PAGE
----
This is because you can keyframe just about any value in Godot.  We are now going to do it with the Frame value.  This is the value we programmatically increased to create our animation before.  Now we will instead do it using keyframes.  With the timeline at 0, set Frame to 0 then click the Key icon to it’s right.  Click Create when it prompts you if you wish to create a new track.  Then move the timeline to the end, increase Frame to the final frame (21 in my case), then click the Key again.  This will create a new track of animation:



You can see the different track names across the left.  The blue dots represent each key frame in the animation.  There is one final change we have to make.  Drop down the icon to the right of the animation track and change the type to Continuous, like so:



Now when you press play, you should see:



Playing Your Animation


While your animation appears properly if you press Play in the AnimationPlayer interface, if you press Play on your game, nothing happens.  Why is this?


Well simply put, you need to start your animation.  There are two approaches to starting an animation.


Play Animation Automatically

You can set the animation to play automatically.  This means when the animation player is created it will automatically start the selected animation.  You can toggle if an animation will play automatically using this icon in the Animation Player controls.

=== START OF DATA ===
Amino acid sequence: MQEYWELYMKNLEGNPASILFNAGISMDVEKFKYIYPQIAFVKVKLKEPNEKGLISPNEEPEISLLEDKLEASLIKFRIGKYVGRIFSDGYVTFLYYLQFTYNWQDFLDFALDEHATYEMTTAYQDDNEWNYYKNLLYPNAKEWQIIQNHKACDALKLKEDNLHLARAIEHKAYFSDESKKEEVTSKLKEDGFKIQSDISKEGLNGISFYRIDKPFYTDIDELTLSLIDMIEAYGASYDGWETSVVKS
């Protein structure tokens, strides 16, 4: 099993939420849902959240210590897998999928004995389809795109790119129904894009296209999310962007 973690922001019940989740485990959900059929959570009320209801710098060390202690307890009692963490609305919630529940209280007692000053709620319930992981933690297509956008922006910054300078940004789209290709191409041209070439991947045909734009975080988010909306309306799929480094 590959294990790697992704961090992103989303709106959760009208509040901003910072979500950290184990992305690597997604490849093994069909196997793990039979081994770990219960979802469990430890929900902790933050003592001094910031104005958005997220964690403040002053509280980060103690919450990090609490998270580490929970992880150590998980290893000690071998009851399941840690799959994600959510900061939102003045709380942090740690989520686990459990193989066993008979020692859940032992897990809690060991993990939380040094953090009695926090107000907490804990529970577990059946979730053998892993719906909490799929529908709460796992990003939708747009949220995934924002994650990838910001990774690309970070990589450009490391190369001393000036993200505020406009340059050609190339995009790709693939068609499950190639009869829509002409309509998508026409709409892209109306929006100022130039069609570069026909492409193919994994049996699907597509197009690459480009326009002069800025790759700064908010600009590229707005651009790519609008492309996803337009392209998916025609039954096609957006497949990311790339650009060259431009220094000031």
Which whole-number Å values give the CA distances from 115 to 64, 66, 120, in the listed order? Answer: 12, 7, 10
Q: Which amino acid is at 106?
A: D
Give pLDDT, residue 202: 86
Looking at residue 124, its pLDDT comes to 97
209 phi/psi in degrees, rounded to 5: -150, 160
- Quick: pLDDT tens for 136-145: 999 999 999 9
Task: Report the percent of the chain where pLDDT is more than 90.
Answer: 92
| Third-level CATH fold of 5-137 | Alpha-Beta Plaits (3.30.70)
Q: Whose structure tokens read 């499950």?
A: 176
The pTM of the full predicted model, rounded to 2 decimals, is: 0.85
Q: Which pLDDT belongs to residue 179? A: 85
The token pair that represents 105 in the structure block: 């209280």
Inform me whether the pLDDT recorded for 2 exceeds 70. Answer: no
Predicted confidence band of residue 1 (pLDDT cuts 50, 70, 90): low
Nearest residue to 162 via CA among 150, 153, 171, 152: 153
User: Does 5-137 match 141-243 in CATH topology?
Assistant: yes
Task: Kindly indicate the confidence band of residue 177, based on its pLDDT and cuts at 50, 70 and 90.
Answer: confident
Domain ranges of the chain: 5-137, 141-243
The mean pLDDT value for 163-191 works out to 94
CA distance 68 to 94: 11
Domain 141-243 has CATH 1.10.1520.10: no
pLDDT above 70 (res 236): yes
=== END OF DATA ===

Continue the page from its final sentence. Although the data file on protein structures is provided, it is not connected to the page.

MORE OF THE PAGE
Play an Animation Using Code

Of course, AnimationPlayer also has a programmatic interface.  The following code can be used from the scene root to play an animation:

extends Node

func _ready():


Scripting the AnimationPlayer


Say you want to add a bit of logic to your keyframed animation…  with AnimationPlayer you have a couple options we can explore.


First there are the events that are built into the AnimationPlayer itself:


For simple actions like running a script when an animation changes or ends, using AnimationPlayer connections should be more than enough.


What about if you wanted to execute some code as part of your animation sequence?  Well that is possible too.  In your Animation editor window, click the Tracks button to add a new animation track:



Select Add Call Func Track:



Another track will appear in your animation.  Click the green + to add a new keyframe.



Now left click and drag the new key to about the halfway (1 second) mark.  Switch to edit mode by clicking the pen over a dot icon, then click your keyframe to edit it.  In the name field enter halfway.  This is the name of the method we are going to call:



Add a method to your root scene named halfway:

extends Node

func _ready():

func halfway():
   print("Halfway there")


When the keyframe is hit, the halfway method will be called.  Adding more function calls is as simple as adding more keys, or complete Call Func tracks.  As you may have noticed in the video above, you have the ability to pass parameters to the called function:



Finally, you can also access animations, tracks and even keys directly using code.  The following example changes the destination of our pos track.  This script was attached to the AnimationPlayer object:

extends AnimationPlayer

func _ready():
   var animation = self.get_animation("walkcycle")


Now when you run the code you should see:



The Video

Programming , , ,